It’s important for a few of us to remember that many buyers want a system that only does a few things extremely well, particularly when we’re looking at the variety of interfaces some boards make available to end users. A gaming system builder once asked me to recommend an extreme overclocking board with only four USB ports and one front-panel USB header. MSI’s Z370I Gaming Pro Carbon AC isn’t quite that sparse.
Rather than pack the top surface with a bunch of controllers and M.2 slots, MSI decided to focus on expanding the voltage regulator of its Z370I Gaming Pro Carbon AC. We find one USB 3.0 header (which MSI likes to call USB 3.1 Gen1), one USB 2.0 header, four SATA ports, and a few miscellaneous connectors near the I/O panel. As for what’s under the board, well, that begins with RGB LEDs.
Under-board features nearly end at that point, as the only other two things of interest are the M.2 connector and the Gigabit Ethernet PHY. Various power regulation components are also scattered about, but we were a little surprised to see that the board only supports a single PCIe 3.0 x4 M.2 drive. Legacy SATA M.2 drives are excluded, according to MSI.
The I/O Panel isn’t complicated either, with its single Type-C and single Type-A USB 3.1 Gen 2 ports, two USB 3.0 ports, and two USB 2.0 ports. The Z370’s 30-device HSIO resource limitation is the best reason for manufacturers to add USB 2.0 ports to the I/O panel of fully loaded ATX boards, but the Z370I Gaming Pro Carbon AC is as far from that standard as the performance enthusiast market would allow it to go.
We also find a PS/2 port, which can be handy for legacy keyboards or mice, the RJ45 connector for the previously mentioned Ethernet controller, two Wi-Fi antennas on an M.2 Key-E riser, five analog audio jacks, a digital optical jack, a DisplayPort adapter that only supports 24Hz output at its 4096x2304 maximum resolution, an HDMI output that only supports 30Hz output at its 4096x2160 maximum resolution, and a CLR_CMOS button. That configuration appears perfectly targeted at the home gaming market where the scarcity of DTS-Connect receivers pushes gamers to choose analog outputs for their live 3D audio streams. The Nahimic virtual surround likewise strengthens MSI’s marketing appeal within the headphone-wearing portable gaming market.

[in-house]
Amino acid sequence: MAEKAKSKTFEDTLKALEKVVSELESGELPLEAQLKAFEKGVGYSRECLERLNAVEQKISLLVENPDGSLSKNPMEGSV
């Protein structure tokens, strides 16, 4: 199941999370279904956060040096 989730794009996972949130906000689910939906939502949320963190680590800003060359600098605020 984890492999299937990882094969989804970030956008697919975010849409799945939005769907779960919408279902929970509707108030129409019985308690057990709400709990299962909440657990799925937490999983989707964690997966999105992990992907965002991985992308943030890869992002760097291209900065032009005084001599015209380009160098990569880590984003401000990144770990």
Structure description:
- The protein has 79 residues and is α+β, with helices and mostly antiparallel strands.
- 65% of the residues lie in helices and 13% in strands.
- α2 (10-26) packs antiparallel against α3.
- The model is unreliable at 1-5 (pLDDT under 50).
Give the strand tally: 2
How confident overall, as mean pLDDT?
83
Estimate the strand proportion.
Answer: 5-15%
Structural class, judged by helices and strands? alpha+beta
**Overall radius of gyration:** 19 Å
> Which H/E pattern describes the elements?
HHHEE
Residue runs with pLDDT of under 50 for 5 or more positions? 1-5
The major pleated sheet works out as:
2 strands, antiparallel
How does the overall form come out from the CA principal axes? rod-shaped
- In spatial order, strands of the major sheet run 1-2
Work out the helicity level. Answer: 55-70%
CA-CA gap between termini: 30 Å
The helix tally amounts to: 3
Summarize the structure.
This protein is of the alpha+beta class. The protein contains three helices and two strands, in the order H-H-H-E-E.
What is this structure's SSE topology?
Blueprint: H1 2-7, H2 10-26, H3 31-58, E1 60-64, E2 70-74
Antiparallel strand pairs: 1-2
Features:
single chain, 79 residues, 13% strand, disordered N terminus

Perhaps MSI was trying to provide more air space around its voltage regulators when it decided to use a big chunk of I/O Panel real estate for internal headers? In that gap we find a four-pin RGB header, a proprietary three-pin version that allows MSI’s Mystic Light software to control Corsair’s addressable LED strips and fans, an undefined header labeled JT1, and a secondary set of pins adjacent to the clock battery connection. The Z370I Gaming Pro Carbon AC follows the recent Mini-ITX trend of placing its front panel audio header above the graphics card slot, behind the Z370 PCH, front-panel USB 2.0, and CPU fan headers.
The front edge USB 3.0 connector is perpendicular to the board’s surface to avoid fitment issues in cases that have drive racks or power supplies mounted in front of the board. Above it are two of the four SATA ports, the single case fan header, and the front panel LED/switch group. Two more SATA ports are placed between the DIMMs and Z370 PCH, forcing users to pull a couple cables if they’d like to replace their DRAM. MSI was smart enough to face the latching side of those two SATA ports away from DIMMs, but most users will need to pull their memory to access latches on the forward SATA ports.
MSI miniaturized the Z370I Gaming Pro Carbon AC’s manual so it would fit inside the box a certain way, rather than leave it full size and turn it the other way. The installation kit includes two Wi-Fi antennae, a standard RGB extension cable, a three-pin Corsair HD RGB cable, two SATA cables (one with a single right-angle end), an I/O shield, cable label stickers, and a driver/application disc.
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